The best food of study abroad!

As I continually tell anyone who will still listen to me ramble on about my study abroad experience, one of my favorite parts of country-hopping around Europe was the chance to try some of the regional cuisine. I’ll focus on French food in its own post, because I had so much more time to explore different dishes, so this post will show the delicious meals that stuck with in during my travels to Spain, England, Germany, Austria, Italy, Czech Republic, and Hungary. Bon appetit!

England: Fish and chips

England is known for a lot of things: rainy weather, the Royal Family, accents, rainy weather…but food is not generally one of them. However, an English specialty is (fried) fish and chips (French fries for the Americans), and as I’m never one to pass up trying local cuisine, my friend Katie and I headed to Garfunkel’s Restaurant in Trafalgar Square. It had the appeal of a diner and the fish and chips dish that we shared really made me appreciate that English classic!

Fish and chips at Garfunkels!

Fish and chips at Garfunkels!

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9 months: 11 countries, 29 cities.

My wonderful, amazing, cliche life-changing study abroad year is at an end, and I find I’ll like to remember all the places I’ve been lucky enough to visit. So for one blog post let’s explore the trips I’ve managed to take since I arrived in Montpellier on August 17, 2013.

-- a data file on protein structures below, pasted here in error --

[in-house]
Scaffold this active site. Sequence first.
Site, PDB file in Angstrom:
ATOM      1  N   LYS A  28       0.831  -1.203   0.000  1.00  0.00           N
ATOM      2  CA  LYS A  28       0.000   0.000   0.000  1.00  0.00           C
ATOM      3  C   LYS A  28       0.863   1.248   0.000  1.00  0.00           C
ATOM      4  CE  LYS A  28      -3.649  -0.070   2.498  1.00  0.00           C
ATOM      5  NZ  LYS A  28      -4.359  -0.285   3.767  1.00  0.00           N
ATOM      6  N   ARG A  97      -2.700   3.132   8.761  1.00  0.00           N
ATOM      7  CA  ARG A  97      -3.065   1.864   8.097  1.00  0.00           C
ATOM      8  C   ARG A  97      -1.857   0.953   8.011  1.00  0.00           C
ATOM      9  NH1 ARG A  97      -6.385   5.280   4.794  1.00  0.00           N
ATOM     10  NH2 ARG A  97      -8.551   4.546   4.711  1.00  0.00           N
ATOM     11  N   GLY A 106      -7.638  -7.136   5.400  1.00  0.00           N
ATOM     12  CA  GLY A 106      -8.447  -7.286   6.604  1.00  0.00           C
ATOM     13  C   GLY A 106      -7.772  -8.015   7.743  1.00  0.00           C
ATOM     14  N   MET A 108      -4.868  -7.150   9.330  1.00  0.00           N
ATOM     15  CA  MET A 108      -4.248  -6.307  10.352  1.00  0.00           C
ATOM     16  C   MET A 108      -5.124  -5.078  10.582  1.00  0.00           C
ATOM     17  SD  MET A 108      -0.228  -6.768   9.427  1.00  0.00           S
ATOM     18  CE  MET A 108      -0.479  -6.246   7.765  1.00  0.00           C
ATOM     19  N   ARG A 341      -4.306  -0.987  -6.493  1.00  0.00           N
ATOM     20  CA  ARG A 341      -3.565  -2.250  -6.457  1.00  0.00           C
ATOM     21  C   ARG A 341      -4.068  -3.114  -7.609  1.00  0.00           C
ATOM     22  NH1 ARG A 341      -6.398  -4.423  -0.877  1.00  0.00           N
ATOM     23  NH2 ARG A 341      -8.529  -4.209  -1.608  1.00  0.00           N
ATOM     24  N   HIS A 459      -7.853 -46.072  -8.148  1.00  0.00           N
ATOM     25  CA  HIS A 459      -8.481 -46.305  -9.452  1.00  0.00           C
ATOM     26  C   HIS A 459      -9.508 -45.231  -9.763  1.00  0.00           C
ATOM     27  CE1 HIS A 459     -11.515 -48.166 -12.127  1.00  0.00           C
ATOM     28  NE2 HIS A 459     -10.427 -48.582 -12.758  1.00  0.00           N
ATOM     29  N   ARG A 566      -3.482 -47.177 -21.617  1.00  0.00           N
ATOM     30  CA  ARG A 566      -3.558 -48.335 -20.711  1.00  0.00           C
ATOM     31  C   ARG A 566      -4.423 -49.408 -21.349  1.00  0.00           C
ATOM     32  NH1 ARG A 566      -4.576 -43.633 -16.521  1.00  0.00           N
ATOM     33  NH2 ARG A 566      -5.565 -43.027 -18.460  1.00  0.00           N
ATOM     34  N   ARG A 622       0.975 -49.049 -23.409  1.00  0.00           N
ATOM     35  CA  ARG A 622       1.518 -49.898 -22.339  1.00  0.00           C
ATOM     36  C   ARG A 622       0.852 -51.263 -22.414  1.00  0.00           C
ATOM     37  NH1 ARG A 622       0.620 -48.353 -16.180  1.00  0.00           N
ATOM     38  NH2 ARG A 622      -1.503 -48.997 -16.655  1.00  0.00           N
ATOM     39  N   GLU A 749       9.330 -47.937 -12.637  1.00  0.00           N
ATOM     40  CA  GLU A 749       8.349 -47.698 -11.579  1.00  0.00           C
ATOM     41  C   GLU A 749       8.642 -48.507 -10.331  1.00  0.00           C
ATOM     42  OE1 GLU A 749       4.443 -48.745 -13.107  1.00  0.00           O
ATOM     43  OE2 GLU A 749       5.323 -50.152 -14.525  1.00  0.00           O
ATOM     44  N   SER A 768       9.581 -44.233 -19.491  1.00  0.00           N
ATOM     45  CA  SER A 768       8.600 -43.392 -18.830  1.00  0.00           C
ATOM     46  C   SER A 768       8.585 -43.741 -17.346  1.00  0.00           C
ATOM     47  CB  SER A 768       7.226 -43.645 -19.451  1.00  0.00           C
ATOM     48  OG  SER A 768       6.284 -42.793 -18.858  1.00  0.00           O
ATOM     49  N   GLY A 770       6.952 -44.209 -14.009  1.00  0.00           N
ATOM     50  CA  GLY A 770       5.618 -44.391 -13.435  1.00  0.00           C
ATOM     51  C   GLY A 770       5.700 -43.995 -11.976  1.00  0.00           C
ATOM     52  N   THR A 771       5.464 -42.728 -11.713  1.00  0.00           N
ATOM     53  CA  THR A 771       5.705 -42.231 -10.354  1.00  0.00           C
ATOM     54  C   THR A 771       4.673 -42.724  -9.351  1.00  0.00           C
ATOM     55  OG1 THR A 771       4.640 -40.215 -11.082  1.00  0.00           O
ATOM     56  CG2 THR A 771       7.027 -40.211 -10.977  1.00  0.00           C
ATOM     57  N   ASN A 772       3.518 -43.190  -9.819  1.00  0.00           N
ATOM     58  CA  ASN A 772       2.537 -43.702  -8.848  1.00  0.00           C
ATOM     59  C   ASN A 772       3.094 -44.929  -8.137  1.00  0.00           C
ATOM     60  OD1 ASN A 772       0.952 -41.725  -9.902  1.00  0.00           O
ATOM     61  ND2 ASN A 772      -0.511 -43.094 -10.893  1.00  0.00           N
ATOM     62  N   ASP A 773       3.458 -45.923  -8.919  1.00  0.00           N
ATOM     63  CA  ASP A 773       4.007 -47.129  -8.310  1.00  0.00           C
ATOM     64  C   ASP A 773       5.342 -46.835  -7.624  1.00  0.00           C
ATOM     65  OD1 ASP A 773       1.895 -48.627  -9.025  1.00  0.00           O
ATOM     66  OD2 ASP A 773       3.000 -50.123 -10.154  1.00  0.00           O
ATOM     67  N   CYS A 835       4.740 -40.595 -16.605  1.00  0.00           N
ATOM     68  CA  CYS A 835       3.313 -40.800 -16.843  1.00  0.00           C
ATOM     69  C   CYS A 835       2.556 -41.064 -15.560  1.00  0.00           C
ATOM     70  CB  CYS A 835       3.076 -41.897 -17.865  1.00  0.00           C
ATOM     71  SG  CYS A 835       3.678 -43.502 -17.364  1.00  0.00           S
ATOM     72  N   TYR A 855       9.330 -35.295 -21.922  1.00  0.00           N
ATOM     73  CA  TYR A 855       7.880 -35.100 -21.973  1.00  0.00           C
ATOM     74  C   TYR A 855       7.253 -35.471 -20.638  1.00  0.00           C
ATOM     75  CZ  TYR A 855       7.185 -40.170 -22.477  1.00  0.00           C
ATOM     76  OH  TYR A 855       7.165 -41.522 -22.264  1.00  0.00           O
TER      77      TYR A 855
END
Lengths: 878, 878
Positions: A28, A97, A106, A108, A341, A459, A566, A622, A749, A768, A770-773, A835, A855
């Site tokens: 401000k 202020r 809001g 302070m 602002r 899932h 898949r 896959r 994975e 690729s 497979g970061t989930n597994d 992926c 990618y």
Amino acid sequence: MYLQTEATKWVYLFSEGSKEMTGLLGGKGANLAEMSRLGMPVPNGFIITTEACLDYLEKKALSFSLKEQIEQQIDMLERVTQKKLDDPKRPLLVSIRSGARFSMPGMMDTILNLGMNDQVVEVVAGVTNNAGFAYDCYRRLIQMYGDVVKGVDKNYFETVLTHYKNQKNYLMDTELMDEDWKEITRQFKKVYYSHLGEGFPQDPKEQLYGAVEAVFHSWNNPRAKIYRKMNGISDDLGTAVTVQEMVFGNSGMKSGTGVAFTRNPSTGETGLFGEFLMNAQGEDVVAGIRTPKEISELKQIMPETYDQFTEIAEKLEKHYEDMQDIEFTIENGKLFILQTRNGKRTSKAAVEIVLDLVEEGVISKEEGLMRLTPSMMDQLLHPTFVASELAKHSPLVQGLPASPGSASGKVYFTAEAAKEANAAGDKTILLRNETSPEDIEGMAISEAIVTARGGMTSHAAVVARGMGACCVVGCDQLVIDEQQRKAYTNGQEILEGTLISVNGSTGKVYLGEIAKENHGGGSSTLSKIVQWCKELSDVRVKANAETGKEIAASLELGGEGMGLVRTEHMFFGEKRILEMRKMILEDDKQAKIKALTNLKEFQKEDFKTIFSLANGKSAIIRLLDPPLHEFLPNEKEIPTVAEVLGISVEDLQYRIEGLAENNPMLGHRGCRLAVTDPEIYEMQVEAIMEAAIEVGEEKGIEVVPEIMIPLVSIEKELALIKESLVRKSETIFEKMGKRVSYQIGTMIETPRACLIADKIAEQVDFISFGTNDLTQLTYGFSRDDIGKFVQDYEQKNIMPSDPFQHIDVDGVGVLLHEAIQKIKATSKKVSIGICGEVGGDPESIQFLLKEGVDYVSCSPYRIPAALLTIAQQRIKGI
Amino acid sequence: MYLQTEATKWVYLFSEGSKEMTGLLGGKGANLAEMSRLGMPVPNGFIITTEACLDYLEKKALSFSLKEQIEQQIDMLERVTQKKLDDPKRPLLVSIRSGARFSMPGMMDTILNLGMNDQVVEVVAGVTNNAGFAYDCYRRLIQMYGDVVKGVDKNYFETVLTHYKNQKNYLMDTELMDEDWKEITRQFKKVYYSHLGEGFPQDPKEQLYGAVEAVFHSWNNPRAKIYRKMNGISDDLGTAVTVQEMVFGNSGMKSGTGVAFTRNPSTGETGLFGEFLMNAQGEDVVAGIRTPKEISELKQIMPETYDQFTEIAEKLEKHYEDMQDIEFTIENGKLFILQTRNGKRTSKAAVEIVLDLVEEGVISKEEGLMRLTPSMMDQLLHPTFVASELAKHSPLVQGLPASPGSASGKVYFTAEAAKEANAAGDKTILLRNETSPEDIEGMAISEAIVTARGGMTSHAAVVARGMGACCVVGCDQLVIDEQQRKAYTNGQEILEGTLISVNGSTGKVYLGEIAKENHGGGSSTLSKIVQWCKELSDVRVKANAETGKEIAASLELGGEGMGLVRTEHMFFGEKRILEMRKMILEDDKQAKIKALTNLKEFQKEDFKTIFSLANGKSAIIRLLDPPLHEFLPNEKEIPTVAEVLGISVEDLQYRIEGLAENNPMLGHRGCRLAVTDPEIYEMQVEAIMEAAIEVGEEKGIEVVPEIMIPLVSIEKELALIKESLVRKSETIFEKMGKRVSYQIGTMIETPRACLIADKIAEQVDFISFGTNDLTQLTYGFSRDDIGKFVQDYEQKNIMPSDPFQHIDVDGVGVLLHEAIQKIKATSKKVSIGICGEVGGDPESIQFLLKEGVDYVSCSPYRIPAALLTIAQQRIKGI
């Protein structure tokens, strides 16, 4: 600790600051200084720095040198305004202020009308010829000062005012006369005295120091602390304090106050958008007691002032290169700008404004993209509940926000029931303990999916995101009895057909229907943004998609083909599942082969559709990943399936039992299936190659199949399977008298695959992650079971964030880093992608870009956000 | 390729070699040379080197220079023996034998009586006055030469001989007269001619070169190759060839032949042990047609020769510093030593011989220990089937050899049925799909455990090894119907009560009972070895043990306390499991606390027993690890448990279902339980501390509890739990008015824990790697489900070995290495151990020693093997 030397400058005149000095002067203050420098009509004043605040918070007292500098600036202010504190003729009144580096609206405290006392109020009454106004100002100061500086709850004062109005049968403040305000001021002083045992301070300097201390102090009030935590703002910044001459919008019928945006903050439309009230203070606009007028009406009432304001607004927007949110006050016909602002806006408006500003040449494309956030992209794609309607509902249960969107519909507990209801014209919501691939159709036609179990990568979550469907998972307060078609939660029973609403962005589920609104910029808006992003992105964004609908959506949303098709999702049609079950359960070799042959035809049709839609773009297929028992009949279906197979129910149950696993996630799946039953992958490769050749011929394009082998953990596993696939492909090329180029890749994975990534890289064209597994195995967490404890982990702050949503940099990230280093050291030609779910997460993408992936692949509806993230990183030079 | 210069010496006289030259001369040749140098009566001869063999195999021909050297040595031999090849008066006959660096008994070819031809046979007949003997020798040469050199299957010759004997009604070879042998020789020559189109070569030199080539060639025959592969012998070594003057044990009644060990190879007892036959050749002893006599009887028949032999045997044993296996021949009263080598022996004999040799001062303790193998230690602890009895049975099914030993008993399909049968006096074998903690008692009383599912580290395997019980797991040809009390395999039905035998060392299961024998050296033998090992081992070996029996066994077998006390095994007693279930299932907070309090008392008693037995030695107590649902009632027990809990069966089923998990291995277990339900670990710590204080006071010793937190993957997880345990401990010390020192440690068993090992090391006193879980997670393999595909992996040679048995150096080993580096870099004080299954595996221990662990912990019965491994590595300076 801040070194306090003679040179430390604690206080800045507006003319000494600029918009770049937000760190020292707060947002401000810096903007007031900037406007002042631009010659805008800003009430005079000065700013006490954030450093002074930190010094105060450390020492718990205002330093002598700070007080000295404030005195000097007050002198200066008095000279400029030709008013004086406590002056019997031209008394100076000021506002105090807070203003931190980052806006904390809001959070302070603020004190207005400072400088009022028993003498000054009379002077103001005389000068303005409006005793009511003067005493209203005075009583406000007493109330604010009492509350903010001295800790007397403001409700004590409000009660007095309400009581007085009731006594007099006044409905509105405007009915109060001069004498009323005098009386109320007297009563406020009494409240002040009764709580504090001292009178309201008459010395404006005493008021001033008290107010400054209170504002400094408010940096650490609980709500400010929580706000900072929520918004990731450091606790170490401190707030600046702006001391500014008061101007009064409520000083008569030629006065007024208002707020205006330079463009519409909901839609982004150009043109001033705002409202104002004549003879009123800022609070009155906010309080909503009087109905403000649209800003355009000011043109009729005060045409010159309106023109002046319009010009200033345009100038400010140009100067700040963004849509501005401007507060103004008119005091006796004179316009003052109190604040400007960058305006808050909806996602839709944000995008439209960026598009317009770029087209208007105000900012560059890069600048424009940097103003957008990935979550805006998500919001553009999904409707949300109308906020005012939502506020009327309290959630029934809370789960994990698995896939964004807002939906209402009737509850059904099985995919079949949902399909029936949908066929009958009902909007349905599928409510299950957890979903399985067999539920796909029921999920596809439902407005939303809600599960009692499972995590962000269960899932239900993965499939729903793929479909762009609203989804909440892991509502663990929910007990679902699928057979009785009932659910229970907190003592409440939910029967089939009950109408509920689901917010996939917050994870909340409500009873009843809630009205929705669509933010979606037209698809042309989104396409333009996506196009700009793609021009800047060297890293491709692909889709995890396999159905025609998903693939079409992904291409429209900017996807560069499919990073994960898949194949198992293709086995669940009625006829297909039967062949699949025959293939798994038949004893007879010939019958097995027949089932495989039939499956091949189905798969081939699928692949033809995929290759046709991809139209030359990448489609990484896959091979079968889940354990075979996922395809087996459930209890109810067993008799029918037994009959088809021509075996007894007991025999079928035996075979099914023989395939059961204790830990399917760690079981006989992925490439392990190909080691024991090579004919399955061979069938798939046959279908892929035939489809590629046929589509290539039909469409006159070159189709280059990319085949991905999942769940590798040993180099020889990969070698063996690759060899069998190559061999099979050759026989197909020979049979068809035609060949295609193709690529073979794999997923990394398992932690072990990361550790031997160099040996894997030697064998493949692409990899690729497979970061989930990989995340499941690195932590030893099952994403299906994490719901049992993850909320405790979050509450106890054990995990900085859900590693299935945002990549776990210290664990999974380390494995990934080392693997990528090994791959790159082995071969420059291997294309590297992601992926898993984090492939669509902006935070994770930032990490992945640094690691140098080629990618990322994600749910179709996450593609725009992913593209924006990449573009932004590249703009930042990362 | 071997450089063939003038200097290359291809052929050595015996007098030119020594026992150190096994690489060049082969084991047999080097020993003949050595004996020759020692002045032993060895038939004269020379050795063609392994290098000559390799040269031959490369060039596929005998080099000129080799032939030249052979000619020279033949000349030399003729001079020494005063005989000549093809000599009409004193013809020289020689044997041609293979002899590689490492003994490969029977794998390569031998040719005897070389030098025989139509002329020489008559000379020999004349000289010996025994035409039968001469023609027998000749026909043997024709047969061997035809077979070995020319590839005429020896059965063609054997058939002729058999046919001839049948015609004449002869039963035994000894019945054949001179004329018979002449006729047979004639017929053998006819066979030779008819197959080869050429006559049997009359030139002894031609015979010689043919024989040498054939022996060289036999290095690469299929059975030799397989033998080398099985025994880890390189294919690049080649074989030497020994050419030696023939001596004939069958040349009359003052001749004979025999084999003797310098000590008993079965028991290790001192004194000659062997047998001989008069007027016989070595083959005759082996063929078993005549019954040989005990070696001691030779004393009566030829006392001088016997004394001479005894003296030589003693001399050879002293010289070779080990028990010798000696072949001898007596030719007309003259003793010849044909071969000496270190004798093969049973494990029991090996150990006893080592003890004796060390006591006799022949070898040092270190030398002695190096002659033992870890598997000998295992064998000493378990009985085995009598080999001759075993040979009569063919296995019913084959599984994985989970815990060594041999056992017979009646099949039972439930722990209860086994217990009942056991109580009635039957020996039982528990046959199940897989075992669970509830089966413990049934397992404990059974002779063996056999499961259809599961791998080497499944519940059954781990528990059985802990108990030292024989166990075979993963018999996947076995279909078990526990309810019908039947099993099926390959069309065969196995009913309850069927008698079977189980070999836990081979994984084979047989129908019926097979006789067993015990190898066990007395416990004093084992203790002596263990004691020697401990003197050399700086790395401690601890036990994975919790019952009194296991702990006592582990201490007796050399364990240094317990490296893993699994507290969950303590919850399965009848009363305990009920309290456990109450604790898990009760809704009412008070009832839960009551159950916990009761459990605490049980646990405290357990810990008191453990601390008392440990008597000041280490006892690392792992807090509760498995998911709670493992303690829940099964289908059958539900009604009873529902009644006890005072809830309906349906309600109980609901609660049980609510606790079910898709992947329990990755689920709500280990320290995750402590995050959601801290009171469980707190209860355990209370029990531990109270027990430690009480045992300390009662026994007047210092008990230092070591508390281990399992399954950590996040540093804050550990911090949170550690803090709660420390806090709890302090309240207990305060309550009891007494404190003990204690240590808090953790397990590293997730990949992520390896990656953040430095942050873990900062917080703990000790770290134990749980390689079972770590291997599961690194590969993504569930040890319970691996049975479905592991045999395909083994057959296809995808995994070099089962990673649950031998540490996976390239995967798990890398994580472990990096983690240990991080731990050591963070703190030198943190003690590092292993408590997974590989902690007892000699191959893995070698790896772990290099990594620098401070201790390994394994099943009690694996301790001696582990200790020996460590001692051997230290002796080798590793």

1. Francefrench flag

Cities I visited: Aix-en-Provence, Annecy, Arles, Avignon, Carcassonne, Lyon, Marseille, Montpellier, Narbonne, Nice, Nimes, Paris, Perpignan,  Rouen, Toulouse Continue reading

Christmas markets of France…(and Germany and Austria)

One of the best things about studying abroad during the fall semester (and the full year!) is the array of Christmas markets than you can enjoy. Europe really does it up for Christmas, and French Christmas markets are spectacular, along with those of other nations’! Here’s a roundup of the Christmas markets I was able to attend in 2013!

Update: Christmas market additions from 2015!

Montpellier

Of course, the that I knew the best is the one near which I lived! The Christmas market was located within the Esplanade Charles de Gaulle- or park at the end of the Place de la Comédie. The two main passages were lined with chalets selling chocolates, jewelry, scarves, Christmas tree ornaments, decorations, hot wine, or food. A big attraction was the ice skating rink located at the front of all the boutiques, with both French and American Christmas carols playing for the skaters. This first Christmas market was where I- along with all the study abroad students- developed a taste for vin chaud, or mulled wine. You can learn more about the Montpellier Christmas market here.

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“Les Hivernales”: the name given to the Montpellier market

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